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What’s the Difference Between Murder and Manslaughter in Texas?

What’s the Difference Between Murder and Manslaughter in Texas? - Law Office of Broden & Mickelsen

What’s the Difference Between Murder and Manslaughter in Texas?

Taking the life of another person is one of the most serious crimes possible, and the penalties for committing such crimes are just as severe. If you are facing a murder charge, it’s normal to feel a range of emotions, including fear and uncertainty about the future.

This is why it’s important to act quickly and to contact an experienced Dallas criminal defense lawyer if you are facing any kind of homicide charge.

Every case is different and there may be mitigating factors in your case that could help reduce the severity of the charges against you or dismiss them altogether. You will need a defense lawyer in your corner who knows how to protect your freedom because your future will depend on it. This is where the experience of the criminal defense team at Law Office of Broden & Mickelsen can be the difference between a reduced sentence or a life in prison.

4 Types of Murder Under Texas Law

Because states charge murder in different ways, it can be confusing trying to understand what type of charges you’re facing in a murder case. 

Under Texas law, criminal homicides are broken down into four different types of charges. These can be classified as murder, capital murder, criminally negligent homicide, and manslaughter. 

  • Murder – When someone is charged with murder under Texas law, prosecutors believe they have enough evidence to prove that the person took another individual’s life knowingly and intentionally. This is a felony charge. “Sudden Passion” is mitigation offered in the punishment phase after a murder conviction. If the jury finds it, the maximum sentence is 20 years.
  • Capital Murder – An individual can be charged with capital murder under a variety of specific circumstances. For example, it’s a capital murder crime to take the life of a police officer. It’s also capital murder if you kill someone during a burglary or sexual assault.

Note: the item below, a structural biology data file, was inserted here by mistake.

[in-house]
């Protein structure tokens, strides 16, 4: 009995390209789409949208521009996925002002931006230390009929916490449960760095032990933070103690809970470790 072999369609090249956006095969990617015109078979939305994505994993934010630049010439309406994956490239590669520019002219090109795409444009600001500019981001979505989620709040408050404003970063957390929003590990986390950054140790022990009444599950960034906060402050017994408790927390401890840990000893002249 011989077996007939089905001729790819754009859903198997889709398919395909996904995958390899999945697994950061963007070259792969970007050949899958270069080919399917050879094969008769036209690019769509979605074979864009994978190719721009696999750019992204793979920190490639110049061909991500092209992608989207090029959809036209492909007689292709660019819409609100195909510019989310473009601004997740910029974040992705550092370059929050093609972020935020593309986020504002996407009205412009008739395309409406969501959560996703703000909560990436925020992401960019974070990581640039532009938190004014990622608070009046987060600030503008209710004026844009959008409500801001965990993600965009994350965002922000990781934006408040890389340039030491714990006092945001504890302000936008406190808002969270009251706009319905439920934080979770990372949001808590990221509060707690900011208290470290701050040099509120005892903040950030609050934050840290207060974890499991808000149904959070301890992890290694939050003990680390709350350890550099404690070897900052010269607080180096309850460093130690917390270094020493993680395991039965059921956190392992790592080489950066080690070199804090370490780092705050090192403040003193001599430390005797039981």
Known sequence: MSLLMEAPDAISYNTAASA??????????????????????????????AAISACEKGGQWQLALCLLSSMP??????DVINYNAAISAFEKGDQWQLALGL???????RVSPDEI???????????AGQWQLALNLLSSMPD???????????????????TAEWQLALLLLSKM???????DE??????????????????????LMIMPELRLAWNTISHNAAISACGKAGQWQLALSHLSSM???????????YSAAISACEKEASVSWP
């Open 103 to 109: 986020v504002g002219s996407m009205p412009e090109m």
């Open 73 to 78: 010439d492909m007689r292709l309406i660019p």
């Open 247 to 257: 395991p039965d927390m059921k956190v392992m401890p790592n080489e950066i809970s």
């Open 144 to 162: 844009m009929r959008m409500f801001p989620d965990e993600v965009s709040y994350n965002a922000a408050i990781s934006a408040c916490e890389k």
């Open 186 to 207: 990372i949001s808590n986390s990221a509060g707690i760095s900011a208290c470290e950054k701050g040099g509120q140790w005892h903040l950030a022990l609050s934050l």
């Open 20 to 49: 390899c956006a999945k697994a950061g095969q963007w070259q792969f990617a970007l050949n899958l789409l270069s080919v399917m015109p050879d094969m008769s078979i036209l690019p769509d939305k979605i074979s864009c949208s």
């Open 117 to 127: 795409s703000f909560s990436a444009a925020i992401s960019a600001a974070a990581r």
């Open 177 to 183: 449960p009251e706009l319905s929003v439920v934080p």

• Criminally Negligent Homicide – Under Texas law, criminally negligent homicide is a state felony charge.  The easiest way to understand when criminally negligent homicide may apply to a case is by using the example of accidental death. For example, take the case of an employee who skips safety procedures and places heavy items on the top shelf of a store. If the items shift and fall on a customer and it results in the customer’s death, it could be an example of criminally negligent homicide. In this example, the employee knew they weren’t supposed to put heavy items on the top shelf and negligently ignored safety protocols. In these cases, the person facing charges never intended for the victim to die. However, it is the negligent behavior on their part that led to the victim’s death. 
  • Manslaughter – Manslaughter is a reckless disregard of the danger. A common example of manslaughter is someone playing a game of chicken in the car and the other driver ends up dead. 

It’s also worth noting that, similar to criminally negligent homicide, a person charged with manslaughter in Texas is charged with committing a violent crime that lacks premeditation. 

In situations where a prosecutor feels like they lack the evidence needed to show intent beyond a reasonable doubt in a case, they will sometimes bring a manslaughter charge rather than a murder charge.  

Murder vs. Capital Murder in Texas

In certain states, the law distinguishes first-degree murder from second-degree murder, with first-degree murder being a more serious charge.

However, Texas law breaks murder charges down even further into murder and capital murder, with capital murder being the most serious charge under Texas law. Capital murder is one that takes place with aggravating factors, such as the killing of a police officer or a death that occurs while the individual is engaged in another type of crime.  

When facing charges of capital murder, an individual is being accused of carrying out a homicide under circumstances consistent with charges of capital murder and can lead to a person being sentenced to death under Texas law. This is the difference between murder or elevating the crime to capital murder.

Most importantly, if an individual is convicted of capital murder it’s possible they will be facing the death penalty at sentencing. However, they can also be sentenced to life in prison without parole, along with a maximum fine of $10,000. 

Experienced Dallas Violent Crimes Defense Lawyer

No matter what type of homicide charges a person is facing, it’s important to work with a Dallas violent crimes defense lawyer who regularly handles complex cases, such as homicide cases.

You can be certain that a prosecutor’s main goal is to obtain a conviction. They have every incentive to bring the most serious charges possible. When your future and freedom are on the line, you owe it to yourself to work with the experienced Dallas criminal defense lawyers at the Law Office of Broden & Mickelsen.  

 

Dallas Best Violent Crimes Defense Lawyers

Broden & Mickelsen

Tel: (214) 720-9552

https://www.brodenmickelsen.com/

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Prior results cannot and do not guarantee or predict a similar outcome with respect to any future case.

Sources:

  1. https://statutes.capitol.texas.gov/Docs/PE/htm/PE.19.htm 
  2. https://statutes.capitol.texas.gov/Docs/PE/htm/PE.12.htm 
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